The Complete Guide To: Mexican Shores

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The swine flu outbreak dealt Mexico a cruel blow, but as tourists begin to return south of the border, Simon Calder outlines some coastal treats to be had in this vibrant, diverse country

Is it safe?

That depends what you mean by "safe". Last week the Foreign Office withdrew its "no-go" advice, saying: "Following a decline in the number of reported new swine influenza cases in Mexico since its peak on 26 April 2009, we no longer advise against all but essential travel". While many other threats prevail, you can be fairly sure of a friendly welcome to the beautiful coastline of this vast country.

The traveller will discover dramatic coastal scenery, laid-back resorts and aquatic playgrounds – not to mention hundreds of fabulous beaches. Wherever you end up, though, bear in mind that, although the water may look lovely, there is often a dangerous undertow – presenting much more of a risk to the traveller than swine flu.

Where do I start?

Cancún, where the majority of British visitors to Mexico arrive on charter flights from the UK, mainly operated as part of packages offered by Thomson (0871 231 4691; ) and Thomas Cook (0844 412 5970; ). The airport is about 15 miles south of the town of Cancún, but the name also refers to the 12-mile island stretching down the coast a short way offshore. The sand is made up of powdered fossils that don't retain the heat and stay cool throughout the day.

Between the Caribbean on one side and a tropical lagoon on the other are all the bars, restaurants and shops you could want. Cancú*is closer to Miami than it is to Mexico City – and sometimes it shows. But there is one big difference between Cancú*and other Caribbean holiday hotspots: you can step straight from the sand to an ancient Mayan temple in the garden of the Park Royal Piramides (00 52 998 885 1333; ). It's a relatively small structure compared with the giant hotels all around it, built with limestone and gently crumbling in parts, which is hardly surprising given its age: it is over 500 years old.

A 100-mile stretch of coastline south from Cancú*has been branded the "Riviera Maya". Down the coast in Playa del Carmen, the second major resort, you will be hard-pressed to find much evidence of Mayan culture, though at the Yaxche restaurant ( ), you can sample Mayan dishes. Start with cornbread filled with chaya (tree spinach), then moved on to a strange brown broth called "a tribute to Mother Earth". Among the new breed of boutique hotels, Mosquito Blue in Playa del Carmen (00 52 984 873 1245; ) offers chic quarters, with doubles from around $125 (£90) including breakfast.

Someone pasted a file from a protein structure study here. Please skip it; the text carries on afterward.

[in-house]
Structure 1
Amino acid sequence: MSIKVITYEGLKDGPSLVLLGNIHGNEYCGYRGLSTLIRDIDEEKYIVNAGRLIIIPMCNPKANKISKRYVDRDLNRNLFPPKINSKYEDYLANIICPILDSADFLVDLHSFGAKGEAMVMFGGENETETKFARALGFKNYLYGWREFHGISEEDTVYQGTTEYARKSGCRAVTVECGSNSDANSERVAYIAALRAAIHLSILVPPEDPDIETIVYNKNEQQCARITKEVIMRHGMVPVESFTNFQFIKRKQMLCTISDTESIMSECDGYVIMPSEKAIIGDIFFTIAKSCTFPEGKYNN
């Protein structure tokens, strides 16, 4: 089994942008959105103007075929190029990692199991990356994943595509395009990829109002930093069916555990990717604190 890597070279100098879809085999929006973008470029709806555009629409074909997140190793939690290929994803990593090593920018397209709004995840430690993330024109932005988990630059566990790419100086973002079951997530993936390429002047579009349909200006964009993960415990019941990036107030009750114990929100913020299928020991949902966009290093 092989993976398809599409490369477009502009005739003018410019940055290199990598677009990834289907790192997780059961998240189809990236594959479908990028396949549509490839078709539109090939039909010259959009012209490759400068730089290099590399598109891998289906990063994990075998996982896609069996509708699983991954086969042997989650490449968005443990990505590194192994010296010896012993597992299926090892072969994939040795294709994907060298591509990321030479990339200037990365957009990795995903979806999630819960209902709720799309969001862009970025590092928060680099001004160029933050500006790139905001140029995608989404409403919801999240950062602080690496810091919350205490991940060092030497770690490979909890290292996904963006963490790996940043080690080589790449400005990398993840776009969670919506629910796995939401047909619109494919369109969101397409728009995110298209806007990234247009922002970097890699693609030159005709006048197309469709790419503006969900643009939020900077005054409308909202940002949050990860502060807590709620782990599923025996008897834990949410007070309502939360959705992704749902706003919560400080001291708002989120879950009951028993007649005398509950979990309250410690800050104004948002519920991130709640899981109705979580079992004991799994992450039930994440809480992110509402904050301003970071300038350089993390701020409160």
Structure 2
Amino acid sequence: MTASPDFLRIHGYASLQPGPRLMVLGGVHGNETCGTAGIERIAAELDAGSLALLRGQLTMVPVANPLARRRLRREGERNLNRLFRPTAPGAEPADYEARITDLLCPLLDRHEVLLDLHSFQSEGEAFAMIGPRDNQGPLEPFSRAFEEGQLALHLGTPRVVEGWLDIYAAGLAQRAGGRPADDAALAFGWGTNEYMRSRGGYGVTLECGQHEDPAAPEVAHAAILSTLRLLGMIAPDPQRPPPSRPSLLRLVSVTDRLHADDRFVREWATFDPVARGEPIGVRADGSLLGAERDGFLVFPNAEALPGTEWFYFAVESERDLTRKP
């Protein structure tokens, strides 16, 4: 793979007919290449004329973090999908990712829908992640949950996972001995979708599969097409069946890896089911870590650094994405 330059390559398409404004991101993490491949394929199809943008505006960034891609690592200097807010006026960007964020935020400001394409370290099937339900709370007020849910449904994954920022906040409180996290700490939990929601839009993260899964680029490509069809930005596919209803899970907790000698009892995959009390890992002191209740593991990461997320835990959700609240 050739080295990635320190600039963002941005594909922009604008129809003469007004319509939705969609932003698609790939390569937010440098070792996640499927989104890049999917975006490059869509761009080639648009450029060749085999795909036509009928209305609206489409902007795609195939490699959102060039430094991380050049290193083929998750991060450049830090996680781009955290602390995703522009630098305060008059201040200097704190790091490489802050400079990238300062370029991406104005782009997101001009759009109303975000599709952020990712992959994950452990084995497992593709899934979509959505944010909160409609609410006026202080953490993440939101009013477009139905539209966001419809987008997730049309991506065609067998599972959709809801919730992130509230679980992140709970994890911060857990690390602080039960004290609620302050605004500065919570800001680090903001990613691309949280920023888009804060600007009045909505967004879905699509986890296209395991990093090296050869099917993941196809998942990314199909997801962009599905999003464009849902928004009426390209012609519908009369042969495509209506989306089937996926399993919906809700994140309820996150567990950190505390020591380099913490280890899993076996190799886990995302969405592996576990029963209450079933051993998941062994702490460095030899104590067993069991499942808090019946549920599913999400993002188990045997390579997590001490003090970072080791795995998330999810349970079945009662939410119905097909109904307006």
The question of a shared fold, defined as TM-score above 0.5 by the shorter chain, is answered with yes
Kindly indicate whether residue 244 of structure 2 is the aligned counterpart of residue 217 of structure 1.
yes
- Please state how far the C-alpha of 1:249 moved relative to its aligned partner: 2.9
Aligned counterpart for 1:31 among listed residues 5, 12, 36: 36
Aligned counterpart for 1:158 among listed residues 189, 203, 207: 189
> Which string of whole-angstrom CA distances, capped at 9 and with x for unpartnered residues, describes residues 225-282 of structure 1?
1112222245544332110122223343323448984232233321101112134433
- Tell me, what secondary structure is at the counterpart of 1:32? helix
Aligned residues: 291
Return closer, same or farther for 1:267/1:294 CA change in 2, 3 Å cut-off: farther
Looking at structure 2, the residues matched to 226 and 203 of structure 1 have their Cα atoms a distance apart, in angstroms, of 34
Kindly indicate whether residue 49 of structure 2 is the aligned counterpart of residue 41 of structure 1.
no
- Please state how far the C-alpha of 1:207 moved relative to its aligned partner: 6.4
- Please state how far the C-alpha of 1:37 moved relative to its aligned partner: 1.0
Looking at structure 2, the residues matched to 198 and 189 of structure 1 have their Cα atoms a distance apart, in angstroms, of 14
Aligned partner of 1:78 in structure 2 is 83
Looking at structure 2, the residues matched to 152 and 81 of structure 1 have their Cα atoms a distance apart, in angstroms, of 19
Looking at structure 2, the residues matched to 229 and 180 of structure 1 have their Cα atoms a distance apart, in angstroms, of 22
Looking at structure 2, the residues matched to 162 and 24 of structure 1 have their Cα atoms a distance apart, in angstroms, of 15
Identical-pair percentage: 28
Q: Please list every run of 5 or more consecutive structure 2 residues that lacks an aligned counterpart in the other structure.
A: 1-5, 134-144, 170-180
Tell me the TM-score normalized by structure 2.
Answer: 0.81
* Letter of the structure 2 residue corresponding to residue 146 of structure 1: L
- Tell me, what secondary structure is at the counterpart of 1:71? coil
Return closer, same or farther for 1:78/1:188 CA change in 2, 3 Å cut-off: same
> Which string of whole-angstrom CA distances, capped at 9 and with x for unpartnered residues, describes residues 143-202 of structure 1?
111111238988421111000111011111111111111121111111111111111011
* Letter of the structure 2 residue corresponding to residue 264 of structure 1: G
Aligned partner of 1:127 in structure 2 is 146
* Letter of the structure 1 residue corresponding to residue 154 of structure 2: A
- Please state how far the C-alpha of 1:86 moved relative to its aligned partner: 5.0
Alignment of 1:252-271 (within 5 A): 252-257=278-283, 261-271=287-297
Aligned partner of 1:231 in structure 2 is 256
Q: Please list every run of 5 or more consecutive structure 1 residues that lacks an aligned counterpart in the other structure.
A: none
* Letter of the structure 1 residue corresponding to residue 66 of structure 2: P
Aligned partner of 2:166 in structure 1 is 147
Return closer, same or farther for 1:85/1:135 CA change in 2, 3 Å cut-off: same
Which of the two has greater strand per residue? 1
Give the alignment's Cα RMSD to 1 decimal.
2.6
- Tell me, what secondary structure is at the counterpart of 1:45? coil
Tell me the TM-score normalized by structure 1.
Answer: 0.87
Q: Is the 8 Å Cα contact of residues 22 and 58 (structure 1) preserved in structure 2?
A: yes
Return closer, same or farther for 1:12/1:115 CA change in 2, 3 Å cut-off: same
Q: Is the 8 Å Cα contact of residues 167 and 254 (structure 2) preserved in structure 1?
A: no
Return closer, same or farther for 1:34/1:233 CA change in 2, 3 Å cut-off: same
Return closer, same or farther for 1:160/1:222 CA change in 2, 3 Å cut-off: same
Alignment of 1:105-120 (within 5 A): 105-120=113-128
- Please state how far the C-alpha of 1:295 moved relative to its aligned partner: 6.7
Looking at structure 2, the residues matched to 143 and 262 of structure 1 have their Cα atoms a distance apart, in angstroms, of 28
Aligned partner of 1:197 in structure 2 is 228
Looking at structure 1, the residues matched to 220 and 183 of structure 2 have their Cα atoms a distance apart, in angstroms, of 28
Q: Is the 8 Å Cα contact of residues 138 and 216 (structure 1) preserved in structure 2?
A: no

This is also the jumping-off point for Cozumel, served by frequent ferries – and also by some direct charter flights from the UK. The reefs off the coast of this island offer some of the best diving in the world. If you're just looking for a good beach, head to the less developed east coast.

The other big aquatic attraction on the Mayan Riviera is the cenote, or limestone sinkhole. The most organised "cenote experience" is at Xcaret, just outside Playa del Carmen. Here you can swim in a subterranean river or visit a recreated Mayan village. Entrance costs US$69 (£50); it is open 8.30am-10pm daily (00 52 998 881 2400; ).

A sense of history

By far the most impressive ruins on the Mayan Riviera are those at Tulum, a fortified coastal town 60 miles south of Playa del Carmen. Tulum is an ancient Mayan city turned backpacker hangout turned international resort. Like many of the settlements along the coast, its inhabitants exchanged honey, salt and fish for cotton and conches.

Entrance to the site is through a gap in the walls that surrounded the city on three sides; on the fourth side is the Caribbean. Inside are several groups of buildings, including a palace, residential dwellings and temples. The most remarkable of these is the Temple of the Frescos, whose inner walls – partially restored to their original green and red colours – are decorated with murals of a goddess in the underworld. This is thought to have been one of the last monuments built by the Maya before their conquest by the Spanish. The site is open 8am-5pm daily (00 52 983 837 2411), admission 35 pesos (£2). As with all the big Mayan sites within day-trip range of Cancún, the bus-borne crowds tend to arrive at around 10am and stay until 3pm. It is therefore well worth visiting in the first or last couple of hours of the day, which is easier if you stay overnight.

Along the shoreline running south from the ruins at Tulum, there are plenty of accommodation possibilities, from US$10 (£7) for a hammock to luxury-resort doubles from US$300 (£210).

Try the Hotel Zamas (001 415 387 9806; ), owned by two San Franciscans with an eye for quirky Mexican styling. Cabanas start at US$100 (£70) per night.

Where next?

The north coast of the Yucatá*Peninsula and the Gulf shore that curls around via Veracruz eventually to reach the Texan border is not outstanding territory. Most British travellers flip (to use the verb du jour) to the Pacific coast. The superb shoreline of western Mexico extends for over 4,000 miles from the frontier with Guatemala to the US border at San Diego.